Leaders in higher education today are facing many challenges. Some of them include: changing demographics, reduced state and federal funding, increased competition for students, and disruptive innovation in technology and learning delivery. These challenges cannot be solved by the same approaches we have used in the past. They can only be solved with new breakthrough solutions that are generated through diversity of thought and action.
With this in mind, encouraging diversity of thought and seeking diverse perspectives becomes an imperative in our workplaces. But how do we begin cultivating this skill in ourselves and others? How do we stay curious and ask the right questions?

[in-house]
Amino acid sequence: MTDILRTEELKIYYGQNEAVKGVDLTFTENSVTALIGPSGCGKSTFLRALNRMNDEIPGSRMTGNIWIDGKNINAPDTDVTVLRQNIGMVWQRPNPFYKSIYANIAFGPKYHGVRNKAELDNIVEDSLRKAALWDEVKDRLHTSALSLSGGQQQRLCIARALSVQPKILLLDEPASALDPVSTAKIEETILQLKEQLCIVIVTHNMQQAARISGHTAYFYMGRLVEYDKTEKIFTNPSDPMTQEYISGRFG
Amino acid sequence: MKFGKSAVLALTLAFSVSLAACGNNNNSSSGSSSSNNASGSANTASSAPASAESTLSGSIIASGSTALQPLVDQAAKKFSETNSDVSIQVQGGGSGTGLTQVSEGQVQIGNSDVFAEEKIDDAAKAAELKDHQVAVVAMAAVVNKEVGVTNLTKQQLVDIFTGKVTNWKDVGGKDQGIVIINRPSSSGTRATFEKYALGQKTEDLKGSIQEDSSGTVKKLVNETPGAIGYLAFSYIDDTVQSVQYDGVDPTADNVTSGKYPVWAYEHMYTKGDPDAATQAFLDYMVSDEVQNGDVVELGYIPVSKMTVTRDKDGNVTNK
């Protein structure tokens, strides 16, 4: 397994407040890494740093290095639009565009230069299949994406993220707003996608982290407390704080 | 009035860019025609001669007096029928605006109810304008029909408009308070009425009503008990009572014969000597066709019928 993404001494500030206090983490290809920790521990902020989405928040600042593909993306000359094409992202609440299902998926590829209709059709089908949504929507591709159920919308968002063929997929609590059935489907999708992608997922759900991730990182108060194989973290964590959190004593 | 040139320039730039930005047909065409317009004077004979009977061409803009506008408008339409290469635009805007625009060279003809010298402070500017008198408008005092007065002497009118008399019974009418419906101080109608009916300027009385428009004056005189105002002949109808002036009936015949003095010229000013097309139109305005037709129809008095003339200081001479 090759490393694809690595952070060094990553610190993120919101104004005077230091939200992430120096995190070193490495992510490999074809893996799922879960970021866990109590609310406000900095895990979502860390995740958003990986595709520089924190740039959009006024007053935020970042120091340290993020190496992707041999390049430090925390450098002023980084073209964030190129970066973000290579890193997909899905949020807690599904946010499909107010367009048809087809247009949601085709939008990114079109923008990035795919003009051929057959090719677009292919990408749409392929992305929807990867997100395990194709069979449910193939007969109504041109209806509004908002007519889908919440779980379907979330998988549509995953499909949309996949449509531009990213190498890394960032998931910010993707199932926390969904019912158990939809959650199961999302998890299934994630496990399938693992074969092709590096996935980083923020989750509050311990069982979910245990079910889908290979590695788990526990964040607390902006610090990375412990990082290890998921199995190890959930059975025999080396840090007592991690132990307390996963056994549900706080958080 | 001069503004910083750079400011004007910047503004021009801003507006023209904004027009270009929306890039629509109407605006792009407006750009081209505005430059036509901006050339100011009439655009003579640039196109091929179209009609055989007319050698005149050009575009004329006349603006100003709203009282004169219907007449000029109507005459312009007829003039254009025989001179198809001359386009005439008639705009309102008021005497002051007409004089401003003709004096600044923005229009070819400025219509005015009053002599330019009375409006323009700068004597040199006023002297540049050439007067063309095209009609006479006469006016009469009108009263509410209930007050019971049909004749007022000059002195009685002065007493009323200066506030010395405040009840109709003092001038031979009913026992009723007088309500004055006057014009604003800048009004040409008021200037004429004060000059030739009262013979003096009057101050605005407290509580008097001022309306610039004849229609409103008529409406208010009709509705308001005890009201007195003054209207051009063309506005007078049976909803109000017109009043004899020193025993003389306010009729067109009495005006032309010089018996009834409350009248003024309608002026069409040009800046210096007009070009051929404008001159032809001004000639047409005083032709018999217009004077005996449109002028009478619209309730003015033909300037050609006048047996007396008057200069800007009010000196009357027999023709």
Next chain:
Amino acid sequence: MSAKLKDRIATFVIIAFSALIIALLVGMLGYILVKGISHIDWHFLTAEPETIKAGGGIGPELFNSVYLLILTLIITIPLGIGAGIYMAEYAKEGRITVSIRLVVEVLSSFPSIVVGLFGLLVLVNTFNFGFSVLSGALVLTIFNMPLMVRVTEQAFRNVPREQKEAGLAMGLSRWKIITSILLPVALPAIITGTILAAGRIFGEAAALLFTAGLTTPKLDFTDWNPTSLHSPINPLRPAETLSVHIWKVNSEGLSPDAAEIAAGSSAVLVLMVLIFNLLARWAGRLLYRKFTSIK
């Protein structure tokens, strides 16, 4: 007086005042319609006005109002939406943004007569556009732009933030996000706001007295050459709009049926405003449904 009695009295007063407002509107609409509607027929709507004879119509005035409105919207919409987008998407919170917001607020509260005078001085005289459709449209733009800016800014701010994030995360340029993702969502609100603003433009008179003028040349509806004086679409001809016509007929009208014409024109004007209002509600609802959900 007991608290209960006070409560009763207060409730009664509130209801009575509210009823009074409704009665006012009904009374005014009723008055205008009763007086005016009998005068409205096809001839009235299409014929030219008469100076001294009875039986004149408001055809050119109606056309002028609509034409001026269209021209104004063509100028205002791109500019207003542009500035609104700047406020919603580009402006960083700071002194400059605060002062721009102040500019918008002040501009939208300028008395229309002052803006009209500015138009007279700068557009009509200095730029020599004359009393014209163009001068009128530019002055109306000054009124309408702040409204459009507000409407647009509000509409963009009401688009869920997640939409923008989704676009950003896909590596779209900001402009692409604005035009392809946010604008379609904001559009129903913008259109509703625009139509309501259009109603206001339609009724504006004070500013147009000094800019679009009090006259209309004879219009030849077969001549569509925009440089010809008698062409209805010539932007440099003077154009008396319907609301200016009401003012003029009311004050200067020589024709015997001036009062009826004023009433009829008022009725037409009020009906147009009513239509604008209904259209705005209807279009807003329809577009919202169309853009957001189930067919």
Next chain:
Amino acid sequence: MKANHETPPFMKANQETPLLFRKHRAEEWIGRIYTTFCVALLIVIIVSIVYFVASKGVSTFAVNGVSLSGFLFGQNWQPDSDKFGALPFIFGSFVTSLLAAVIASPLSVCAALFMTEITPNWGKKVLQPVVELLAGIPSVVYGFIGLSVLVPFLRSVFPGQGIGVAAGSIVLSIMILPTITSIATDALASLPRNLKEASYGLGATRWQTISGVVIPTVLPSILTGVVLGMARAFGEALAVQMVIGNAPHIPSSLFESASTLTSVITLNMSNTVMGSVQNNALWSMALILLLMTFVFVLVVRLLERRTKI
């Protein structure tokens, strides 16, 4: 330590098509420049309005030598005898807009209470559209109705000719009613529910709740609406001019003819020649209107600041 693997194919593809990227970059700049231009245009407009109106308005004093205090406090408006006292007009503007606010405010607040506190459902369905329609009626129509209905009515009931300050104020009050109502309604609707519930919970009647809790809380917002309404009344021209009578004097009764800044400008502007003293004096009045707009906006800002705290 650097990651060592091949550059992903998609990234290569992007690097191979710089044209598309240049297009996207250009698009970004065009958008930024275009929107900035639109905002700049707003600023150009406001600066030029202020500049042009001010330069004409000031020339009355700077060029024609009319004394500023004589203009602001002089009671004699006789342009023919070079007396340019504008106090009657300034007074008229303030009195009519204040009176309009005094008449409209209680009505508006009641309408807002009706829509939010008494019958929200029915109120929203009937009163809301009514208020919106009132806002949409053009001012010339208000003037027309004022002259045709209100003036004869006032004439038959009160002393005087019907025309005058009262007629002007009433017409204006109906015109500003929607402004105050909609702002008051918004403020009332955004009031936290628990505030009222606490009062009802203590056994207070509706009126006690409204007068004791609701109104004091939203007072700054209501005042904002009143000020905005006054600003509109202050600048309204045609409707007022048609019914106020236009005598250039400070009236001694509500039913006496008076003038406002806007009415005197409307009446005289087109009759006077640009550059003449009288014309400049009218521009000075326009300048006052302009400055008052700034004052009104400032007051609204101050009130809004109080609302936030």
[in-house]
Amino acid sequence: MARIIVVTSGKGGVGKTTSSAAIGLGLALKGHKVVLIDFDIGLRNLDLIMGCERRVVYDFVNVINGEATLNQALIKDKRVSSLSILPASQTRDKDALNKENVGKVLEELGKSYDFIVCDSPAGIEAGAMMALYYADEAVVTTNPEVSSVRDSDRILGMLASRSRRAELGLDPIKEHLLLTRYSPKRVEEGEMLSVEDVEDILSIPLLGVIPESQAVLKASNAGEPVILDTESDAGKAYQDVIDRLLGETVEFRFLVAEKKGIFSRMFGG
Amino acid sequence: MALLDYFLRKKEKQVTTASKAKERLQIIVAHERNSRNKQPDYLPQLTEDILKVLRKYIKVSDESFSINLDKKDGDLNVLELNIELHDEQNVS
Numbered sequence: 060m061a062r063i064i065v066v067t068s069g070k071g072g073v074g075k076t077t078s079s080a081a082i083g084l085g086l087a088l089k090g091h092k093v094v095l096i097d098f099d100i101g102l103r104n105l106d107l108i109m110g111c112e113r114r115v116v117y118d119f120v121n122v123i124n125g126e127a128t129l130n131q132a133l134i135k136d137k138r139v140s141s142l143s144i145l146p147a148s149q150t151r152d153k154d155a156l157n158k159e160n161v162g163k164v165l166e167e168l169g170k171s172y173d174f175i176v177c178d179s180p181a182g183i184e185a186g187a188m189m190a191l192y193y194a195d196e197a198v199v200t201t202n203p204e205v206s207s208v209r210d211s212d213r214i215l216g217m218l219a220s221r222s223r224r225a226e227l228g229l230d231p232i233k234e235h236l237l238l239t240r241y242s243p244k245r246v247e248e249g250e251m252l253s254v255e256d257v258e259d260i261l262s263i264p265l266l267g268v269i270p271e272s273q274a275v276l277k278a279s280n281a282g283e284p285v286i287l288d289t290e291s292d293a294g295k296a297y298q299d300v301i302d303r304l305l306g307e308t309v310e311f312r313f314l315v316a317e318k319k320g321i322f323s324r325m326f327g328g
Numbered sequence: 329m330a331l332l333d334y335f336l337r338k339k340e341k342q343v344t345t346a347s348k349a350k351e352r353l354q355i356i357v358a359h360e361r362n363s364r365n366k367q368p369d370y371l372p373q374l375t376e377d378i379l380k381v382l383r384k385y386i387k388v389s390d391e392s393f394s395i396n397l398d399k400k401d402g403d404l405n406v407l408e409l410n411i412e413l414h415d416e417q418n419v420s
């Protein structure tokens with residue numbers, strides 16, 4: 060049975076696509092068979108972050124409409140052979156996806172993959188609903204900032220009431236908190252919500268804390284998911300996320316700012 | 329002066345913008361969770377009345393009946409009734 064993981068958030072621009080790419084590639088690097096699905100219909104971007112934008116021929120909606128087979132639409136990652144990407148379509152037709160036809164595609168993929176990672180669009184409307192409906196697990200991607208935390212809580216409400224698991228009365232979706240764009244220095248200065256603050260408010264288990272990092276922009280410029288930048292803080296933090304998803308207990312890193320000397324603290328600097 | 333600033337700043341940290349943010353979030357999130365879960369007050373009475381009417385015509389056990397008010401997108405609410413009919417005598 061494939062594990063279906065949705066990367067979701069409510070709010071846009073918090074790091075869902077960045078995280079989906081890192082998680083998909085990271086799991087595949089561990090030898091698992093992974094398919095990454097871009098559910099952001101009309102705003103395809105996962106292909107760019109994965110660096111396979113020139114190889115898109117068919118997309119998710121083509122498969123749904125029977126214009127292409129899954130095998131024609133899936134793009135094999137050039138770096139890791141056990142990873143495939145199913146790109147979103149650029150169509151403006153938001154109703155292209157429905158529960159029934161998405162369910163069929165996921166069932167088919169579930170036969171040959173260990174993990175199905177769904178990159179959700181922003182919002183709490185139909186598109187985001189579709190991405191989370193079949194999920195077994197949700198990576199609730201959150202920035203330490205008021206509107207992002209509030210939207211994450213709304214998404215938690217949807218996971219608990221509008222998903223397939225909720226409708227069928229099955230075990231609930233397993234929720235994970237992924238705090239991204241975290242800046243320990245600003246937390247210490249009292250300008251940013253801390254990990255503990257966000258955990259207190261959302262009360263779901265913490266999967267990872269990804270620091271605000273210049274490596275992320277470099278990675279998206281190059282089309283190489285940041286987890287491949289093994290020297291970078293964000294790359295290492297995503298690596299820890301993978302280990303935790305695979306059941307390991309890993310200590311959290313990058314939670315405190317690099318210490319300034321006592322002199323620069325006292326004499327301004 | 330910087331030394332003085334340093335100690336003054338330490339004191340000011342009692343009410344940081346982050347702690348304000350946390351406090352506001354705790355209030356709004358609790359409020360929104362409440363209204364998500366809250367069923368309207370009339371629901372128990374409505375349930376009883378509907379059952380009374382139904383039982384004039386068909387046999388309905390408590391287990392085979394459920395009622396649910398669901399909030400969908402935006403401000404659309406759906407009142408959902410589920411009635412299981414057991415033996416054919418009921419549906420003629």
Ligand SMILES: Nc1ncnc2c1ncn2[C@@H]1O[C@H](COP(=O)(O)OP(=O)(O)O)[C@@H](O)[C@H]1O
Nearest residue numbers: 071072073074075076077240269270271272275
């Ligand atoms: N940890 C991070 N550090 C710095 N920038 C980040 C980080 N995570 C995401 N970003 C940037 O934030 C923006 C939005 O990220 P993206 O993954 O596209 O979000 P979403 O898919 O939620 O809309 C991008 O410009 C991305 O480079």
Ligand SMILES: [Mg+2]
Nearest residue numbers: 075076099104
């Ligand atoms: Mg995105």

As I was looking for a resource to help leaders seek diverse perspectives, I found a useful link at the University of Minnesota’s Center for Spirituality and Healing: http://www.csh.umn.edu/wsh/Leadership/diverseperspectives/index.htm
Additionally, here are some helpful questions designed by Wendy Morris, Founder of the Creative Leadership Studio. I encourage you to use these questions with a group of your peers or with those whom you lead. I certainly plan on it!
1) Think of a group you are (or have been) part of that has some diversity. Consider who speaks in the group. Who has the most “air-time?” Is everyone heard? If not, what might you do to change it? How could you start to do this right away?
2) How do you respond when someone comes to you with a diverse perspective that differs from your own? How would you like to respond?
3) Have you ever been surprised by a perspective you hadn’t thought of that helped you see things in a new way?
What methods have you employed to seek diverse perspectives?